Four posts ago, I said some stuff about the power of Christ's forgiveness, promising to go somewhere with that, so given that I'd prefer to be a man who follows through when he speaks, let's begin. :) I'm sure I've touched on the topic before, but I've never really delved into it much. Well, I guess it reflects upon how much I think about it on the day-to-day. It's not like I can really ever forget forgiveness. My biggest issue is probably the active clinging to it.
If you ever have the chance or interest, read Romans 6. Matter of fact, read the entire letter. It's basically all about the concept of forgiveness and how it ties in through the ages. Paul goes as far back as showing how forgiveness was promised both to Israel and to the Gentiles. He also breaks down the interaction between sin, the law, and grace (which we can call "forgiveness" for the purposes of this post).
- CHAPTER 1: the fall of man to his own lusts
- CHAPTER 2: believers who judge each other for their failures, and the introduction of law
- CHAPTER 3: the introduction of righteousness through faith
- CHAPTER 4: the example of Abraham's righteousness through faith
- CHAPTER 5: peace, and new life through Christ opposing death through Adam
- CHAPTER 6: the beginning of the grace-versus-sin conflict
I'll stop there because that's where the problems start to come, where Paul begins challenging the Romans through their way of thinking. He begins to give a clear description of how exactly it is that grace works, what that means for sin, and goes on about it for several chapters.
Before I end this post, though, let me set the stage for the next one. So far, Paul has reiterated to the Romans what they already knew about the fall of man to sin, using that to call out some people that the Romans were dealing with at the time, people who were being judgmental about the same sins they themselves were committing (probably not the whole of the community, but anyway). It's from there that he shows them what to do about it. He goes through the way that the law was introduced with the intent of it being for the heart, but explains how we tend to think of it as something we hide behind, using it as a shell to hide our evil nature behind, and that this nature is universal. We have all been corrupted by selfish ambitions. Through faith, though, we are drawn back to Him. It's nothing to gloat about because it doesn't automatically make us righteous, but it counts for something in God's eyes. Faith is the thing that keeps us hanging onto Him. Paul explains how Abraham was given a chance demonstrate it by offering his son, the one God promised. His faith that God would not make him give up his son, and his faithfulness to come to the brink of the offering, prepared to do whatever God asked, was counted as righteousness, and God sent an angel to stop the sacrifice before it was completed -- I'm sure Abraham was grateful. It's by this same sort of faith that the power of sin and death is broken in us, as though Jesus' death on the cross and resurrection rippled forward through time to break them.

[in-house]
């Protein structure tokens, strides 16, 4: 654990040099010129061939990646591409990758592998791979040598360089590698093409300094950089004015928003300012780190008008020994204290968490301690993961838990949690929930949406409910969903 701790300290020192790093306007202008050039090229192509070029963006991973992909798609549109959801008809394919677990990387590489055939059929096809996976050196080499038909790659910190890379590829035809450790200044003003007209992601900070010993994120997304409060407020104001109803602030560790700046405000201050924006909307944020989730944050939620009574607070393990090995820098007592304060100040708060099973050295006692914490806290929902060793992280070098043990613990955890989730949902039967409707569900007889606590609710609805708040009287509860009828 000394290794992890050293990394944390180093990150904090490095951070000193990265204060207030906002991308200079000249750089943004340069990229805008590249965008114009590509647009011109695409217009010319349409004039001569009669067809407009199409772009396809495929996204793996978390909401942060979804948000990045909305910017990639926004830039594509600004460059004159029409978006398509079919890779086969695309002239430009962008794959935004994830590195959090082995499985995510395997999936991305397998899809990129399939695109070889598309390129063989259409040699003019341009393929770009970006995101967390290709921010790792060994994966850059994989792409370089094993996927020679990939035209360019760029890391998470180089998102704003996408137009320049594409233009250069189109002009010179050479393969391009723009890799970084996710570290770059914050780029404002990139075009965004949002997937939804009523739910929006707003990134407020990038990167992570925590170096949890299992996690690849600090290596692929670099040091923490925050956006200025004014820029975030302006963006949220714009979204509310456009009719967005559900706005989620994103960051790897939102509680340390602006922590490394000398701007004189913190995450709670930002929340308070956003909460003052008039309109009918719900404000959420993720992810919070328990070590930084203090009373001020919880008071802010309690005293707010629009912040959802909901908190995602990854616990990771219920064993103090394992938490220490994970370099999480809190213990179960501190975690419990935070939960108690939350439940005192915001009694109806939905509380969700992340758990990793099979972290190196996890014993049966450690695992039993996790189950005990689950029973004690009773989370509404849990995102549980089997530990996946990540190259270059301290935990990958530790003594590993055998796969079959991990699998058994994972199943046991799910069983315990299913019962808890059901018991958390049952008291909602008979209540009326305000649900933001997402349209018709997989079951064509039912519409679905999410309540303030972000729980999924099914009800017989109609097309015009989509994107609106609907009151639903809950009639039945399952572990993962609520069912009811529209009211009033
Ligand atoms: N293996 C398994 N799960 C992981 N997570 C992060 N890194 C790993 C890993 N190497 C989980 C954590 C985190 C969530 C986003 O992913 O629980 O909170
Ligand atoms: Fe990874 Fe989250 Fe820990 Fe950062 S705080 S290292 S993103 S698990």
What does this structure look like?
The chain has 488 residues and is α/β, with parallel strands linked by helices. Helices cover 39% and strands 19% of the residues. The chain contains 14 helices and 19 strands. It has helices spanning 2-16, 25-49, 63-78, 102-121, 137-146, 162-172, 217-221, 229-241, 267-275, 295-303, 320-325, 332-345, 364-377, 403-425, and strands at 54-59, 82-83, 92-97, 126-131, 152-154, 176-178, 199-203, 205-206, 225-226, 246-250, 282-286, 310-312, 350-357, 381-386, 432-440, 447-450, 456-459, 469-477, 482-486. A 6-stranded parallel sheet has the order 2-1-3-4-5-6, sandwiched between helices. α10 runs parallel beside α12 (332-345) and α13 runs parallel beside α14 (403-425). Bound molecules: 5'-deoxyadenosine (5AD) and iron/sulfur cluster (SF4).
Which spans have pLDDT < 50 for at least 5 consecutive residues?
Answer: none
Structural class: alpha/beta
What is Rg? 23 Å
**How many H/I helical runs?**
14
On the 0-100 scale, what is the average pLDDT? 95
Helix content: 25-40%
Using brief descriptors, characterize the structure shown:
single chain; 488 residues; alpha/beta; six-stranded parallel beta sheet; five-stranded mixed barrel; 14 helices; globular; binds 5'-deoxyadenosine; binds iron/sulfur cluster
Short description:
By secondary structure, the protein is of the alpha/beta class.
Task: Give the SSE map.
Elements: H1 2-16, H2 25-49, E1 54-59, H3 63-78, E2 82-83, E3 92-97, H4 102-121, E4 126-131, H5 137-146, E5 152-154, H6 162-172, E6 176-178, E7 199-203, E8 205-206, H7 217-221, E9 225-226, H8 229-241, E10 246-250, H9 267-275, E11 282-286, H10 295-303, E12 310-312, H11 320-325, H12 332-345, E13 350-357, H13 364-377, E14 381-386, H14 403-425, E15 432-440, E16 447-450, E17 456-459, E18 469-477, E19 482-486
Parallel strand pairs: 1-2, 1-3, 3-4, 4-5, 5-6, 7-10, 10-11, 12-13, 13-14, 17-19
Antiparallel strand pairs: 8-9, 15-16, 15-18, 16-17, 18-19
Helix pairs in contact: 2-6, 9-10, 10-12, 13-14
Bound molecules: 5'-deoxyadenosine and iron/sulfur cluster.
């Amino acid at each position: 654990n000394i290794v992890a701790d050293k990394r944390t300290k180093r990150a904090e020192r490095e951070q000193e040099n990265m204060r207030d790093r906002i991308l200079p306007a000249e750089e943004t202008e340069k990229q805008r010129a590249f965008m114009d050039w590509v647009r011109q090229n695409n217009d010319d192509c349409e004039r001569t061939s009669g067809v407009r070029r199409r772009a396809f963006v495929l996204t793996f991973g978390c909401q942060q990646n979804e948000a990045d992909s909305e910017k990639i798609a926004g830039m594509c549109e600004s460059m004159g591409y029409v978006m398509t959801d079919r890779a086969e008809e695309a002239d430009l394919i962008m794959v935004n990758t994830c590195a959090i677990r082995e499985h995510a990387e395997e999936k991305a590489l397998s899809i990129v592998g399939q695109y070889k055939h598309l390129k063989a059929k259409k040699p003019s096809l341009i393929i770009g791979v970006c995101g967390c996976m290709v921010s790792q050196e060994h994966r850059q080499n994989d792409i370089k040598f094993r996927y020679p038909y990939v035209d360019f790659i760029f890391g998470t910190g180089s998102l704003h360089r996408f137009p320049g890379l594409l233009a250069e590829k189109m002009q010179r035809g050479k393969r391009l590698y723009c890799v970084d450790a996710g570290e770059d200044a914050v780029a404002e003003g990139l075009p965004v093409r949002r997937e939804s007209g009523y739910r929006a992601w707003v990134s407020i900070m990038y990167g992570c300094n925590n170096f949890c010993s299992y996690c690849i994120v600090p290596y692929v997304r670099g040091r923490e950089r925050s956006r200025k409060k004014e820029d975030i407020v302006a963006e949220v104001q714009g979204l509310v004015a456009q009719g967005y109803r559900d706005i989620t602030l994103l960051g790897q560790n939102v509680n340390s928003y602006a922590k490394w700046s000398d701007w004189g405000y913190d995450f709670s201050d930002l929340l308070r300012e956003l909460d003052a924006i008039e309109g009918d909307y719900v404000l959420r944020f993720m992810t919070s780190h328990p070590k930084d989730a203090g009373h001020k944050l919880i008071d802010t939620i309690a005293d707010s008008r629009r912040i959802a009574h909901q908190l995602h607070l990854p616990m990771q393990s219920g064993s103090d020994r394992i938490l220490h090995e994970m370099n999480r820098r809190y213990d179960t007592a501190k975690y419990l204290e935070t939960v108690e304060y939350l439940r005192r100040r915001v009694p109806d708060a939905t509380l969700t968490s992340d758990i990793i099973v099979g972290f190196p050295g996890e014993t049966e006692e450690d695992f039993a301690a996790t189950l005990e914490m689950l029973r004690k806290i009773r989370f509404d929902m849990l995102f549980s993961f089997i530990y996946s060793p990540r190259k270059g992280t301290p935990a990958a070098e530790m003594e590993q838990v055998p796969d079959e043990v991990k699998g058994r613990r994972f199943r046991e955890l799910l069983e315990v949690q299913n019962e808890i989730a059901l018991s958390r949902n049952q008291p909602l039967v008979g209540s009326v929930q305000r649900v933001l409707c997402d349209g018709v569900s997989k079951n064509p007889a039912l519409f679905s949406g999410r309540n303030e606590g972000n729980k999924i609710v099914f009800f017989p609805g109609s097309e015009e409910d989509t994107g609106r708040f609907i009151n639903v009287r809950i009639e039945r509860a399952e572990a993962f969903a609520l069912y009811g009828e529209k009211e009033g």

Sounds great, right?
Simple enough, right?
But it can be hard to wrap one's head around it -- I really mean it can be hard for me to wrap my head around it, especially given the fact that I am human, just like every other human, and I sin and have my issues just as every other human. Sometimes, we can fall short in our understanding, and sometimes, we can try to take advantage of grace in a bad way, not that this is possible, but that isn't really the point. There are so many facets to grace that we often fall short of understanding, accepting, and giving, I think that's what Paul might have been getting at when he spoke with the Romans, and maybe that's what God is trying to impress on me all these centuries later.
But that was just the first less-than-half of the letter. There's so much more to it. I'm getting to it, but I'm gonna break this up into several blog posts, so if you're interested, stay tuned. I think it's pretty cool, and worth the read -- Romans, I mean. :P